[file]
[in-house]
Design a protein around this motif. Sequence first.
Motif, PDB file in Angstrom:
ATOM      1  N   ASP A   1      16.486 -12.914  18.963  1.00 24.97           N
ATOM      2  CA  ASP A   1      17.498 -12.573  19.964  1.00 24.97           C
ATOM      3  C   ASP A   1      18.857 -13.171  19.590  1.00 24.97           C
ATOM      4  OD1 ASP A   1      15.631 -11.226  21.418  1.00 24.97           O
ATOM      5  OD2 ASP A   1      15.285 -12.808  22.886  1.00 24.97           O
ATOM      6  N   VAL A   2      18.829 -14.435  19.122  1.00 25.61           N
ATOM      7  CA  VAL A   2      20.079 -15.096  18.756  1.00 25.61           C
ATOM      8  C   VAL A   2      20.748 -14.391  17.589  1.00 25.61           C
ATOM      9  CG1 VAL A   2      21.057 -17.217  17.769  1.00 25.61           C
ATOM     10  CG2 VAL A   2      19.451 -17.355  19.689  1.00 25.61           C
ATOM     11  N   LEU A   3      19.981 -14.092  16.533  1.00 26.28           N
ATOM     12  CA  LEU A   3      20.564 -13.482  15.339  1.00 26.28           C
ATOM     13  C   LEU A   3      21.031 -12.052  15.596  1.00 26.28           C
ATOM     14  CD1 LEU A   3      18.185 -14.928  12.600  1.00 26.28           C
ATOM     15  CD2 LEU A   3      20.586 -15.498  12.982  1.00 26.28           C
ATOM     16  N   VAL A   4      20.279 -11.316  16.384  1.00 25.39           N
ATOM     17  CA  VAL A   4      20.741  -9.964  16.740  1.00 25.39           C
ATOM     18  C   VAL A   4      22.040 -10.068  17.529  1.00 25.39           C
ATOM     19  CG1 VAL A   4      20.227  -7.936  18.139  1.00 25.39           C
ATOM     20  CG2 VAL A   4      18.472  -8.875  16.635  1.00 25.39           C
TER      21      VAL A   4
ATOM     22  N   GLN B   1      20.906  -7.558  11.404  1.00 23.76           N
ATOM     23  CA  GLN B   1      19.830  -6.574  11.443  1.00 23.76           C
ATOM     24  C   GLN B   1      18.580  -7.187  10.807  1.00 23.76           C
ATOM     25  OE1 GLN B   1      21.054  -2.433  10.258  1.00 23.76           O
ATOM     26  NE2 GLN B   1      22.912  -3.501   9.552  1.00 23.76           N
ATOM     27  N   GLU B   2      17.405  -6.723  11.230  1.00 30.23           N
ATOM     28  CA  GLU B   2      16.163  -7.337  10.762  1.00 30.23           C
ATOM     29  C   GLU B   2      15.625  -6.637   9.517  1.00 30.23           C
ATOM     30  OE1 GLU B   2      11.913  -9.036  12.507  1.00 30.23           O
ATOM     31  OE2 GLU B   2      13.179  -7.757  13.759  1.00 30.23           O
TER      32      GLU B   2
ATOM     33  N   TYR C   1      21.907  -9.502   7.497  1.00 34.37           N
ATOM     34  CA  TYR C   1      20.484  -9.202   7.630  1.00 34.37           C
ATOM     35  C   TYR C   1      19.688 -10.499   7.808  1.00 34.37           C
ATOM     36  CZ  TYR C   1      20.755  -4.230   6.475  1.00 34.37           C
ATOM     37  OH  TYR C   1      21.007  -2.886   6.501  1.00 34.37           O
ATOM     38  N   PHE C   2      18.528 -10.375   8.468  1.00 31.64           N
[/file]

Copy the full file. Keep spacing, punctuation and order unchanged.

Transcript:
[in-house]
Design a protein around this motif. Sequence first.
Motif, PDB file in Angstrom:
ATOM      1  N   ASP A   1      16.486 -12.914  18.963  1.00 24.97           N
ATOM      2  CA  ASP A   1      17.498 -12.573  19.964  1.00 24.97           C
ATOM      3  C   ASP A   1      18.857 -13.171  19.590  1.00 24.97           C
ATOM      4  OD1 ASP A   1      15.631 -11.226  21.418  1.00 24.97           O
ATOM      5  OD2 ASP A   1      15.285 -12.808  22.886  1.00 24.97           O
ATOM      6  N   VAL A   2      18.829 -14.435  19.122  1.00 25.61           N
ATOM      7  CA  VAL A   2      20.079 -15.096  18.756  1.00 25.61           C
ATOM      8  C   VAL A   2      20.748 -14.391  17.589  1.00 25.61           C
ATOM      9  CG1 VAL A   2      21.057 -17.217  17.769  1.00 25.61           C
ATOM     10  CG2 VAL A   2      19.451 -17.355  19.689  1.00 25.61           C
ATOM     11  N   LEU A   3      19.981 -14.092  16.533  1.00 26.28           N
ATOM     12  CA  LEU A   3      20.564 -13.482  15.339  1.00 26.28           C
ATOM     13  C   LEU A   3      21.031 -12.052  15.596  1.00 26.28           C
ATOM     14  CD1 LEU A   3      18.185 -14.928  12.600  1.00 26.28           C
ATOM     15  CD2 LEU A   3      20.586 -15.498  12.982  1.00 26.28           C
ATOM     16  N   VAL A   4      20.279 -11.316  16.384  1.00 25.39           N
ATOM     17  CA  VAL A   4      20.741  -9.964  16.740  1.00 25.39           C
ATOM     18  C   VAL A   4      22.040 -10.068  17.529  1.00 25.39           C
ATOM     19  CG1 VAL A   4      20.227  -7.936  18.139  1.00 25.39           C
ATOM     20  CG2 VAL A   4      18.472  -8.875  16.635  1.00 25.39           C
TER      21      VAL A   4
ATOM     22  N   GLN B   1      20.906  -7.558  11.404  1.00 23.76           N
ATOM     23  CA  GLN B   1      19.830  -6.574  11.443  1.00 23.76           C
ATOM     24  C   GLN B   1      18.580  -7.187  10.807  1.00 23.76           C
ATOM     25  OE1 GLN B   1      21.054  -2.433  10.258  1.00 23.76           O
ATOM     26  NE2 GLN B   1      22.912  -3.501   9.552  1.00 23.76           N
ATOM     27  N   GLU B   2      17.405  -6.723  11.230  1.00 30.23           N
ATOM     28  CA  GLU B   2      16.163  -7.337  10.762  1.00 30.23           C
ATOM     29  C   GLU B   2      15.625  -6.637   9.517  1.00 30.23           C
ATOM     30  OE1 GLU B   2      11.913  -9.036  12.507  1.00 30.23           O
ATOM     31  OE2 GLU B   2      13.179  -7.757  13.759  1.00 30.23           O
TER      32      GLU B   2
ATOM     33  N   TYR C   1      21.907  -9.502   7.497  1.00 34.37           N
ATOM     34  CA  TYR C   1      20.484  -9.202   7.630  1.00 34.37           C
ATOM     35  C   TYR C   1      19.688 -10.499   7.808  1.00 34.37           C
ATOM     36  CZ  TYR C   1      20.755  -4.230   6.475  1.00 34.37           C
ATOM     37  OH  TYR C   1      21.007  -2.886   6.501  1.00 34.37           O
ATOM     38  N   PHE C   2      18.528 -10.375   8.468  1.00 31.64           N